Importance of Technology in Sustainable Farming In short, these new technologies help in changing the way in which agriculture can be managed, making farming sustainable
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There's little doubt that sustainable agriculture is the only way forward if we are to continue to produce food for generations to come. Over the past several decades, digital technologies have had a profound impact on our daily lives and businesses. These technologies also have enormous potential to impact agriculture in several aspects. When applied to agriculture, it does have the capacity to enhance global food security and improve farmer livelihoods, particularly in a context where the global population is estimated to reach 9 billion by 2050. While on the one hand, farmers must produce more, they must also reduce the environmental impact of agriculture. Digital technology, while enabling both these, can add one more significant benefit to this - it can make the agriculture value chain more equitable. Digital technology comes with several solutions to make this happen.
Digital Solutions for Sustainable Farming
There's an entire gamut of solutions that aid in many aspects of sustainable farming – right from farm management and traceability to certification and market linkage. Farm management entails digitisation of farmer and farm profiles, capturing biometric data and geo-referencing of the farm. It enables keeping track of sowing dates and yield estimation. Need-based inspections for detection of pests and diseases also come under its purview. Farmer Advisory Services is another solution through which farmers can receive audio and text messages on the weather forecast, crop calendars, advice on irrigation and fertiliser, and on market price, seeds and inputs. Certification, on the other hand, is a solution that provides ready-to-use templates for several recognised standards such as UTZ/Rainforest Alliance, FairTrade, Global and GAP and aids in maintaining the digital Internal Control System (ICS) for certification. The technology platform helps keep track of any non-conformity so that corrective actions can be taken to ensure compliance and obtain certification. Certified products fetch premium prices for its producers.
The Good Things
Another extremely relevant solution in our present times is traceability. Traceability provides complete visibility of the produce from farm to consumer for various value chains such as fresh produce, organic cotton, cocoa, coffee and others. A QR code or barcode-based traceability solutions allow consumers to trace the origins of the food or clothes to farmer groups, with the exact location. This is especially useful with the new brand of consumers out there who are conscious of the ethical and environmental processes involved in the cultivation or production of that item. Again, monitoring and evaluation (M&E) is a solution that comes in handy for management of the agricultural process. In this application, data is captured through dynamic survey tools, using the web or mobile devices. Digital technology can also be used to manage the supply chain of any product, which provides complete visibility of the entire chain on a real-time basis. The system can digitise all farm and farmer details and also record procurement transactions. This ultimately helps in accurate and timely payment to the farmers. Another use of digital technology is market linkage, which connects farmers and buyers through a common portal. This helps the farmer to participate in global markets by providing visibility to the buyer. It informs farmers of the existing market prices and commodity futures so that they can negotiate for better prices. Digital technology in agriculture also finds a place in financial services, as it can manage all financial services in agriculture from credit and payments to crop insurance and collections. With a platform that can be integrated with financial institutions, it provides transparency and accuracy for accessing credit.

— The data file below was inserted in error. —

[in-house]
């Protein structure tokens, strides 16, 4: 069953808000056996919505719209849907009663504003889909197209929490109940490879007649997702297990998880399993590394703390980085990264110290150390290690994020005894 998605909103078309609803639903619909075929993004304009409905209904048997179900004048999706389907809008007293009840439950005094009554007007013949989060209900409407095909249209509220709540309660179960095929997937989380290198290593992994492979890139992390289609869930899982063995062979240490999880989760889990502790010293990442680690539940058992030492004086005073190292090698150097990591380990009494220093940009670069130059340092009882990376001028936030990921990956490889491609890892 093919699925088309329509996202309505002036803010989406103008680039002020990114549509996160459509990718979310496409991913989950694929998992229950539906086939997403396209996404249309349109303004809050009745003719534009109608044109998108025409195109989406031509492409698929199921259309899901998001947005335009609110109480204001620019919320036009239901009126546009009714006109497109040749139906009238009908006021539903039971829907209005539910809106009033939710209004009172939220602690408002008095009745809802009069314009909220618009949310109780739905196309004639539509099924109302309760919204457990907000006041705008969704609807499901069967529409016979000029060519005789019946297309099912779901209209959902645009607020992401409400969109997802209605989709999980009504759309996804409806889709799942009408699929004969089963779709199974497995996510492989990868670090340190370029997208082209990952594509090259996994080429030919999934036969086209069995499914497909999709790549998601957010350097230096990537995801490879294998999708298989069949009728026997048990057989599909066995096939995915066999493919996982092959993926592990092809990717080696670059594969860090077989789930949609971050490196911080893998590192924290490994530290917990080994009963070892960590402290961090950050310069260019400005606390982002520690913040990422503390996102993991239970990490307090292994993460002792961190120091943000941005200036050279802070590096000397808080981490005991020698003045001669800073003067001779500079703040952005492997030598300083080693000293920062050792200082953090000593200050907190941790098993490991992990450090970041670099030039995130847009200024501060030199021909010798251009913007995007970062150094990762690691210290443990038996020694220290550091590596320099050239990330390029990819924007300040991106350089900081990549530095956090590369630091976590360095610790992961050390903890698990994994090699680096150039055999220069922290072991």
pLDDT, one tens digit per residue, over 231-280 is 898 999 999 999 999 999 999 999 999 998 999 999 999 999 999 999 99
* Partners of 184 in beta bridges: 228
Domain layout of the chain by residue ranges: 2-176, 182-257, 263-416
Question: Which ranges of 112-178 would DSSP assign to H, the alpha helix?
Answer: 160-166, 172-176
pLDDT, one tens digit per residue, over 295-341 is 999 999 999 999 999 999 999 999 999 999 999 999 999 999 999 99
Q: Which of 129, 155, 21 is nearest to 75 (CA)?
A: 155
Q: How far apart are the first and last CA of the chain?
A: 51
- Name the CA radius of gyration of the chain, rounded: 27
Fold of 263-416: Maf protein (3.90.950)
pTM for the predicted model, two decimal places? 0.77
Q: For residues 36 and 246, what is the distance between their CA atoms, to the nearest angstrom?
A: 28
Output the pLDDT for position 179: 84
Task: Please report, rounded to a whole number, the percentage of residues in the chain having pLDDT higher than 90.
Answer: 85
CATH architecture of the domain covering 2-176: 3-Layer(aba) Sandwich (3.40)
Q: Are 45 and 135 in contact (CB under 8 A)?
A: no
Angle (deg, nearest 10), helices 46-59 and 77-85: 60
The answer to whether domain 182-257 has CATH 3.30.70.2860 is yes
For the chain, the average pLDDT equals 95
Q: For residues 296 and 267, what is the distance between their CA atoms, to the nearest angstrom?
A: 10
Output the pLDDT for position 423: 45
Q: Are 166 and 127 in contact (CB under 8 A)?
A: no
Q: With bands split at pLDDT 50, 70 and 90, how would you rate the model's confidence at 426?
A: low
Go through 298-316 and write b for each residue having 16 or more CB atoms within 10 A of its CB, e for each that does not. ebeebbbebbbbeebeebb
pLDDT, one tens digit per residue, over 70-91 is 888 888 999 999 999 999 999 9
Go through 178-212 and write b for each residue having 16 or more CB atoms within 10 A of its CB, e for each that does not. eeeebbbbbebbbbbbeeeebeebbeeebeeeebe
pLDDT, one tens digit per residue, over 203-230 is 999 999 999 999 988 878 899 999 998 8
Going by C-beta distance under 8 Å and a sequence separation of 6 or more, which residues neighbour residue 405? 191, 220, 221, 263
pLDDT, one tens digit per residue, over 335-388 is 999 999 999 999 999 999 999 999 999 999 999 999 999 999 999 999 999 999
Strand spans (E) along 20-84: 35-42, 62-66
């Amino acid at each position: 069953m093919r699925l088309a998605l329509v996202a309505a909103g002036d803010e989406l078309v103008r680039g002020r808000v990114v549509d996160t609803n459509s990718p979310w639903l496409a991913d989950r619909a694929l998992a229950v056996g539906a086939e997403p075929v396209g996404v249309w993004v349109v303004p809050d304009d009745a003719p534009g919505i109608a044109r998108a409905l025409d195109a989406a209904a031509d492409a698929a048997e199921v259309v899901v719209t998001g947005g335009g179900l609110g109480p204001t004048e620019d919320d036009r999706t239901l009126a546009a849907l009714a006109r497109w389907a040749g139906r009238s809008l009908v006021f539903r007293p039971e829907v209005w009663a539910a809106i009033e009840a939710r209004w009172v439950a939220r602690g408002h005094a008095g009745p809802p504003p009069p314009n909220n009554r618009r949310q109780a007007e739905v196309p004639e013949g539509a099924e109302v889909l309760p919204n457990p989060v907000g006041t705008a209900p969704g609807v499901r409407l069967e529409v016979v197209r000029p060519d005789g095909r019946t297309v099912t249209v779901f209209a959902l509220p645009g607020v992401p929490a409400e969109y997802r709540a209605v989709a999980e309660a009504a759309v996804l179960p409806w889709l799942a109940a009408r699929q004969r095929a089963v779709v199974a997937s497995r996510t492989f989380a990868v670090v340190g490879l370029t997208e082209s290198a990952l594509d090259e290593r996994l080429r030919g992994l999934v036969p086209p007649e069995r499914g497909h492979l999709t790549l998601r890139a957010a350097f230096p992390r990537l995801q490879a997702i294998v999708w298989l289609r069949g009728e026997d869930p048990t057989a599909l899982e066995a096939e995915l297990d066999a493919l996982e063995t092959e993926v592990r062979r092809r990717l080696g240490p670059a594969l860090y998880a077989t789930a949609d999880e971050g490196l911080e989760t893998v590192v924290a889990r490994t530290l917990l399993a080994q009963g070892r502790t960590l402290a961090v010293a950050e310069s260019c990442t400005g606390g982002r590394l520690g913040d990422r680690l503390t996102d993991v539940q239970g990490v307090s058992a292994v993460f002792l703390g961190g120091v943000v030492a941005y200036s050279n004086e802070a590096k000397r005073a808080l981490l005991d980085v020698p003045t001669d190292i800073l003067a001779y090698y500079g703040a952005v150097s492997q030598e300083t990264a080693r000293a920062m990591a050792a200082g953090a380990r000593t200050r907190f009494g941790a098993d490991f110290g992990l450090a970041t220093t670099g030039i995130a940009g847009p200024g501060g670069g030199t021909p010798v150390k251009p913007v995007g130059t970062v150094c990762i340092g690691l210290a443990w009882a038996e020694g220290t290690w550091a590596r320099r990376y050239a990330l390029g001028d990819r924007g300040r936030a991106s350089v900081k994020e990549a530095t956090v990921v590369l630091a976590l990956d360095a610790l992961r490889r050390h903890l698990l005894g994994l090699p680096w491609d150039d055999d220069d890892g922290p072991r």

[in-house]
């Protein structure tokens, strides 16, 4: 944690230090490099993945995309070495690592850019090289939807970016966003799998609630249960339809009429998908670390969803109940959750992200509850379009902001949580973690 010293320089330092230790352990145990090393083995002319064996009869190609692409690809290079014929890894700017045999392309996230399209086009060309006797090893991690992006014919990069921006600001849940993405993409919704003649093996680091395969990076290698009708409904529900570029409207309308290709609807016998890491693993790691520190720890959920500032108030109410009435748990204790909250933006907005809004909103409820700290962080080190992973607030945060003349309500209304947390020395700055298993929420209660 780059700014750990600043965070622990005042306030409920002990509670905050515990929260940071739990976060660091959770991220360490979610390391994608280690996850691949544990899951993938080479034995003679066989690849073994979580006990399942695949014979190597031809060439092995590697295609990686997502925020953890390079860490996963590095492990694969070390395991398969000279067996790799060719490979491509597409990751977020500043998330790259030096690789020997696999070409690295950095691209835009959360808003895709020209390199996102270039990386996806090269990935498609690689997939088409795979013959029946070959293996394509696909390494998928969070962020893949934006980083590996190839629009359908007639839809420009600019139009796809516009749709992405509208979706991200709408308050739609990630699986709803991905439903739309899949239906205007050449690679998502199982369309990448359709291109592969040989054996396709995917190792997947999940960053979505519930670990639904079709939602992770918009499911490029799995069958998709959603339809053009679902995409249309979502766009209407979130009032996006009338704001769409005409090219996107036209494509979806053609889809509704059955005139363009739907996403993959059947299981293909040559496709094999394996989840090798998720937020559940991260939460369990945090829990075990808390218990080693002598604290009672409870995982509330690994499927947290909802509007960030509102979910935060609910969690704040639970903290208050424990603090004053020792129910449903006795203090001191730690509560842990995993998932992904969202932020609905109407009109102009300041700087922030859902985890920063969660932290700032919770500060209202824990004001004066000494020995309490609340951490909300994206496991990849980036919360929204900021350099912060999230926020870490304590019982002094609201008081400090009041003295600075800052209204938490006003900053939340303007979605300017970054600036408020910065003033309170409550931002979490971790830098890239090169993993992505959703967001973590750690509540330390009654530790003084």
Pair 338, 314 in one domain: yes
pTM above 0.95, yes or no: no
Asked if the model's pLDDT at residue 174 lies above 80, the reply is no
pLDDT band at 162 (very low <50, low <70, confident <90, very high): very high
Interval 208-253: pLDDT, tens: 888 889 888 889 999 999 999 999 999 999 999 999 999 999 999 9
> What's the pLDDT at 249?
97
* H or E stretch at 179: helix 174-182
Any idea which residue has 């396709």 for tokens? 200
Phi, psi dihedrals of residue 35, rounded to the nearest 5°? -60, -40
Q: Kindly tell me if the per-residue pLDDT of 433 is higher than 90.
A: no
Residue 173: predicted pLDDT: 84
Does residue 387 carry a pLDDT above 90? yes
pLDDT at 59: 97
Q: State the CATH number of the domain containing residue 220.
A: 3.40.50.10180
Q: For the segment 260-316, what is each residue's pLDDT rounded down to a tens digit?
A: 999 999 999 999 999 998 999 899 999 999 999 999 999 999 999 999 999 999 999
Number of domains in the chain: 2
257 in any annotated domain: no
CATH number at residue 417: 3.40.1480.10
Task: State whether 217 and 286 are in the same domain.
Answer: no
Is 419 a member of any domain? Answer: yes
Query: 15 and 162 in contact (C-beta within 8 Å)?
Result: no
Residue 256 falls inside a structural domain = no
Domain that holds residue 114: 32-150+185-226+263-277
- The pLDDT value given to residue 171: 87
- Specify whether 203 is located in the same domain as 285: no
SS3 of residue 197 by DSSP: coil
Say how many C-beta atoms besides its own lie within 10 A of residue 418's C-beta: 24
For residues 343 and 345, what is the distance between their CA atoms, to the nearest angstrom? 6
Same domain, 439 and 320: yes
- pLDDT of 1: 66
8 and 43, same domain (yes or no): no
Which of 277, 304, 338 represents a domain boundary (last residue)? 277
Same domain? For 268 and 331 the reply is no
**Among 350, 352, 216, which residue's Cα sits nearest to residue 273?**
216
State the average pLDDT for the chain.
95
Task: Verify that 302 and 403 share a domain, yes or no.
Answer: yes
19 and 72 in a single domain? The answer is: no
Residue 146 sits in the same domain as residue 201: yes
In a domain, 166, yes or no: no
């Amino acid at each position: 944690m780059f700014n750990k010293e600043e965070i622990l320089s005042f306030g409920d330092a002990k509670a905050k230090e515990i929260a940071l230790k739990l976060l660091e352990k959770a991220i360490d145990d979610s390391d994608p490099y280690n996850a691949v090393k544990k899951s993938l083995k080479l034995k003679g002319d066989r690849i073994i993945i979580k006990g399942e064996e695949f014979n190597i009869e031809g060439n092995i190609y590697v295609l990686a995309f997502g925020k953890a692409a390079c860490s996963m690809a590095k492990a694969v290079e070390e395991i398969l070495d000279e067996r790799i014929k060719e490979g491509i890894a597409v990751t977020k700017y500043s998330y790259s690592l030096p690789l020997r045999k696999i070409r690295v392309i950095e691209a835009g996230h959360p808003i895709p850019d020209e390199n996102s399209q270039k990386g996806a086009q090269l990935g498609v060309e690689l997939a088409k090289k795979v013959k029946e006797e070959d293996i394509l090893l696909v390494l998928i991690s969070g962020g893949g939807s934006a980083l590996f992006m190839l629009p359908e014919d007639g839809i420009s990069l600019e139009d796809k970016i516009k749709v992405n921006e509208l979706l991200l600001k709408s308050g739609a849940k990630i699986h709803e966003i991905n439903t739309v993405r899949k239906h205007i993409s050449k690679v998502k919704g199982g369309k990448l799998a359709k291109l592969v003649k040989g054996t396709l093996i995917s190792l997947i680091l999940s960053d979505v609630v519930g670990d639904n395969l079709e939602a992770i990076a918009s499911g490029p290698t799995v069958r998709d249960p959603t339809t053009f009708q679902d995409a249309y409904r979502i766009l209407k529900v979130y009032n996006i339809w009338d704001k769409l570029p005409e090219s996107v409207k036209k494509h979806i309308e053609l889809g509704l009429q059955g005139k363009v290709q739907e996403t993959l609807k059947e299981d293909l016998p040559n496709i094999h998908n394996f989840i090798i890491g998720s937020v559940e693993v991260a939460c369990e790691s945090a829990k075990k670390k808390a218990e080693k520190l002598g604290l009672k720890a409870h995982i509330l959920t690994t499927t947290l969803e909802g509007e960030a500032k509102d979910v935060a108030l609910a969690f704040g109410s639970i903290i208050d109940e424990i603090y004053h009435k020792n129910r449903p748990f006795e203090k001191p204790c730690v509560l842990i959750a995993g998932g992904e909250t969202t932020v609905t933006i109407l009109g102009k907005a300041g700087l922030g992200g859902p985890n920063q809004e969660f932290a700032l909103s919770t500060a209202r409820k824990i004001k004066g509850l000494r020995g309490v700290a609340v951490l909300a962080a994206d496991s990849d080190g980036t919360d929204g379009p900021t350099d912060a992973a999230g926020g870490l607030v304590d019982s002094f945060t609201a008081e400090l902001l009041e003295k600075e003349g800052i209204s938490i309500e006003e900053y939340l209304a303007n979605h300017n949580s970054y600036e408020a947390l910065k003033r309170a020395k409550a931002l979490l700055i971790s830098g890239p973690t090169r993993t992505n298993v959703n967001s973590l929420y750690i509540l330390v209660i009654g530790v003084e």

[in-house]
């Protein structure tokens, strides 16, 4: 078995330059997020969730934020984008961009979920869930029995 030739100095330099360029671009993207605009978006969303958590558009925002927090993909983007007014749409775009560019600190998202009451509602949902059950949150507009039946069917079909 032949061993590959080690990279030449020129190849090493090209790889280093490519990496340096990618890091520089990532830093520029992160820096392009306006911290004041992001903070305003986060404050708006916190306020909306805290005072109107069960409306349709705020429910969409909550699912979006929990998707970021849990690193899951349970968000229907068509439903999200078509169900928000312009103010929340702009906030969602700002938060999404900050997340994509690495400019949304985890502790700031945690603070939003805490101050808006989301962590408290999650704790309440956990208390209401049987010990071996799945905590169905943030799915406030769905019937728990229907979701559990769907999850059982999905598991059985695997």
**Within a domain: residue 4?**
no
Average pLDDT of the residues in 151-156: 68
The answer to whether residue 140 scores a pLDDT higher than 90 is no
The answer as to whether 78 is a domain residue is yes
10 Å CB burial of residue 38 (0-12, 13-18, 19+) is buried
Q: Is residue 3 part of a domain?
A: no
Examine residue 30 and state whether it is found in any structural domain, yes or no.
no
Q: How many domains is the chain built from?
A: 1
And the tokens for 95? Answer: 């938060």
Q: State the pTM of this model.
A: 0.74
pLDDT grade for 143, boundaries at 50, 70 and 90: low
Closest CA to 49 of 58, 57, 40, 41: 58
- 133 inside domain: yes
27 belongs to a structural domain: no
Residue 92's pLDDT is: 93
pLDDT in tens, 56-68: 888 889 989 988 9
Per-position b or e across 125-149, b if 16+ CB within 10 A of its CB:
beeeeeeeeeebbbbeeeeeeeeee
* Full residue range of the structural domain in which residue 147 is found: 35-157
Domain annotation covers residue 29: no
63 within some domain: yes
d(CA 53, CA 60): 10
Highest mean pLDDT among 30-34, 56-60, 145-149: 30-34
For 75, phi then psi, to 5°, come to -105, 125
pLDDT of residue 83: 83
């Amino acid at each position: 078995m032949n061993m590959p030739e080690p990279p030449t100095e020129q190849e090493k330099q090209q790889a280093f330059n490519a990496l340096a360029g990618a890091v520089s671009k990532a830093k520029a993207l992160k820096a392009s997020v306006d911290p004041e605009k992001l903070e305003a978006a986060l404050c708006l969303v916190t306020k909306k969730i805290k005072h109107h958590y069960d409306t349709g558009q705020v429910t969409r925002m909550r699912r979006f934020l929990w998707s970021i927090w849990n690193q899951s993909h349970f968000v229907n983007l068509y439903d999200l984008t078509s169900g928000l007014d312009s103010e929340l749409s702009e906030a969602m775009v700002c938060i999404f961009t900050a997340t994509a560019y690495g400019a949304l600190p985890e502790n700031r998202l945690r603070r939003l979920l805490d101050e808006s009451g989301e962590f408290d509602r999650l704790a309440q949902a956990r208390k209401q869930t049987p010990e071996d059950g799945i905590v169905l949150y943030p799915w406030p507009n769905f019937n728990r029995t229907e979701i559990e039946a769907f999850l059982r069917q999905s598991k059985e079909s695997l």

The combined use of all these technologies has already started making an impact on the agriculture sector. For example, organic cotton farmers in India have gained sustainable market
access to global brands with premium pricing. It has contributed to monitoring and eliminating deforestation and child labour in cocoa value chains. It has enabled organisations to implement good agricultural practices by streamlining the coaching and mentoring of farmers. Another significant outcome is the building of trust between customers and ends consumers by being able to demonstrate the origin of produce. QR code-based traceability solutions are playing its part by providing full visibility.
In short, these new technologies help in changing the way in which agriculture can be managed, making farming sustainable. All the more, it connects all the players in the ecosystem and creates sustainable farming communities.